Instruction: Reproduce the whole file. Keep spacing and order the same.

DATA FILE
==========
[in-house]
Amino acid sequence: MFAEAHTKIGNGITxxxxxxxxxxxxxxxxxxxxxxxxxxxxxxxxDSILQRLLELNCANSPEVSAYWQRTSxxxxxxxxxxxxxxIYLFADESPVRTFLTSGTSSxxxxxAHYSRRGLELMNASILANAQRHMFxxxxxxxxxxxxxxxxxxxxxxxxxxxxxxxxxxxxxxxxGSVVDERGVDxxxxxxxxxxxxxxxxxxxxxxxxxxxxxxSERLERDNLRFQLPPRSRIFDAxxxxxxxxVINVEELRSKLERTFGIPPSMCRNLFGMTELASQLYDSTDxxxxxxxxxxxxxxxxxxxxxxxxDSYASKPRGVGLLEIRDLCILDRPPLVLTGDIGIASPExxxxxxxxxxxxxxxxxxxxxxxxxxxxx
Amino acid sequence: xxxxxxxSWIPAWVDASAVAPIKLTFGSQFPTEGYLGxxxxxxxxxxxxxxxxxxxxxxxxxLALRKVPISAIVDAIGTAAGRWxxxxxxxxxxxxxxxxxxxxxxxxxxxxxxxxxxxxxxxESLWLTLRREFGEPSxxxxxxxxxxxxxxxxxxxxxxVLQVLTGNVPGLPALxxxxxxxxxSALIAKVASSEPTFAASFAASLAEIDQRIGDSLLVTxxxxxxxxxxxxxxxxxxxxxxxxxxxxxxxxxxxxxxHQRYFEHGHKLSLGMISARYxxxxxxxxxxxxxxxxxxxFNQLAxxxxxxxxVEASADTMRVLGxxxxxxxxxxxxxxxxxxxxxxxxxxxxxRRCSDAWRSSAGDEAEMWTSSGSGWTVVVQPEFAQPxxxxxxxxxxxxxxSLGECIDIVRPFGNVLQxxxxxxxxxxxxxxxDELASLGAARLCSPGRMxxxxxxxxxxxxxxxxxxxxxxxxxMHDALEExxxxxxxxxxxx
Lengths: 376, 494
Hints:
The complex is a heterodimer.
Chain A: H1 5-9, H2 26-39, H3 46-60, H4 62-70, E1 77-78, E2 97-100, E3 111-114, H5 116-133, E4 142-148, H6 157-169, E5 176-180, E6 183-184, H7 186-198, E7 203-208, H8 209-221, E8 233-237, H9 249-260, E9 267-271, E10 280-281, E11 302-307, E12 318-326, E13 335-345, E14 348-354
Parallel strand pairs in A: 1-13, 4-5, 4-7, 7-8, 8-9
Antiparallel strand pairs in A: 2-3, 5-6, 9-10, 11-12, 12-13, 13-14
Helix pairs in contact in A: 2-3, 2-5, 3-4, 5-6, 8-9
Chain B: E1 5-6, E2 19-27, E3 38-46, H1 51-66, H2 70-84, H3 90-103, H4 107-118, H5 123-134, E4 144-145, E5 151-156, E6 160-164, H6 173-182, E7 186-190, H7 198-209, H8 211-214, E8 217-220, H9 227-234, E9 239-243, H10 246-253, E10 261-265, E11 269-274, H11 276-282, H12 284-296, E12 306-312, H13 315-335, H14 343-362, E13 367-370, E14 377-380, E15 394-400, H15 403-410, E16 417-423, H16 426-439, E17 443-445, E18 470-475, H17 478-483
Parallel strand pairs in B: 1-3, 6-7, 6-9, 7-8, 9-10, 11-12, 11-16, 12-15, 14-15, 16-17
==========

[in-house]
Amino acid sequence: MFAEAHTKIGNGITxxxxxxxxxxxxxxxxxxxxxxxxxxxxxxxxDSILQRLLELNCANSPEVSAYWQRTSxxxxxxxxxxxxxxIYLFADESPVRTFLTSGTSSxxxxxAHYSRRGLELMNASILANAQRHMFxxxxxxxxxxxxxxxxxxxxxxxxxxxxxxxxxxxxxxxxGSVVDERGVDxxxxxxxxxxxxxxxxxxxxxxxxxxxxxxSERLERDNLRFQLPPRSRIFDAxxxxxxxxVINVEELRSKLERTFGIPPSMCRNLFGMTELASQLYDSTDxxxxxxxxxxxxxxxxxxxxxxxxDSYASKPRGVGLLEIRDLCILDRPPLVLTGDIGIASPExxxxxxxxxxxxxxxxxxxxxxxxxxxxx
Amino acid sequence: xxxxxxxSWIPAWVDASAVAPIKLTFGSQFPTEGYLGxxxxxxxxxxxxxxxxxxxxxxxxxLALRKVPISAIVDAIGTAAGRWxxxxxxxxxxxxxxxxxxxxxxxxxxxxxxxxxxxxxxxESLWLTLRREFGEPSxxxxxxxxxxxxxxxxxxxxxxVLQVLTGNVPGLPALxxxxxxxxxSALIAKVASSEPTFAASFAASLAEIDQRIGDSLLVTxxxxxxxxxxxxxxxxxxxxxxxxxxxxxxxxxxxxxxHQRYFEHGHKLSLGMISARYxxxxxxxxxxxxxxxxxxxFNQLAxxxxxxxxVEASADTMRVLGxxxxxxxxxxxxxxxxxxxxxxxxxxxxxRRCSDAWRSSAGDEAEMWTSSGSGWTVVVQPEFAQPxxxxxxxxxxxxxxSLGECIDIVRPFGNVLQxxxxxxxxxxxxxxxDELASLGAARLCSPGRMxxxxxxxxxxxxxxxxxxxxxxxxxMHDALEExxxxxxxxxxxx
Lengths: 376, 494
Hints:
The complex is a heterodimer.
Chain A: H1 5-9, H2 26-39, H3 46-60, H4 62-70, E1 77-78, E2 97-100, E3 111-114, H5 116-133, E4 142-148, H6 157-169, E5 176-180, E6 183-184, H7 186-198, E7 203-208, H8 209-221, E8 233-237, H9 249-260, E9 267-271, E10 280-281, E11 302-307, E12 318-326, E13 335-345, E14 348-354
Parallel strand pairs in A: 1-13, 4-5, 4-7, 7-8, 8-9
Antiparallel strand pairs in A: 2-3, 5-6, 9-10, 11-12, 12-13, 13-14
Helix pairs in contact in A: 2-3, 2-5, 3-4, 5-6, 8-9
Chain B: E1 5-6, E2 19-27, E3 38-46, H1 51-66, H2 70-84, H3 90-103, H4 107-118, H5 123-134, E4 144-145, E5 151-156, E6 160-164, H6 173-182, E7 186-190, H7 198-209, H8 211-214, E8 217-220, H9 227-234, E9 239-243, H10 246-253, E10 261-265, E11 269-274, H11 276-282, H12 284-296, E12 306-312, H13 315-335, H14 343-362, E13 367-370, E14 377-380, E15 394-400, H15 403-410, E16 417-423, H16 426-439, E17 443-445, E18 470-475, H17 478-483
Parallel strand pairs in B: 1-3, 6-7, 6-9, 7-8, 9-10, 11-12, 11-16, 12-15, 14-15, 16-17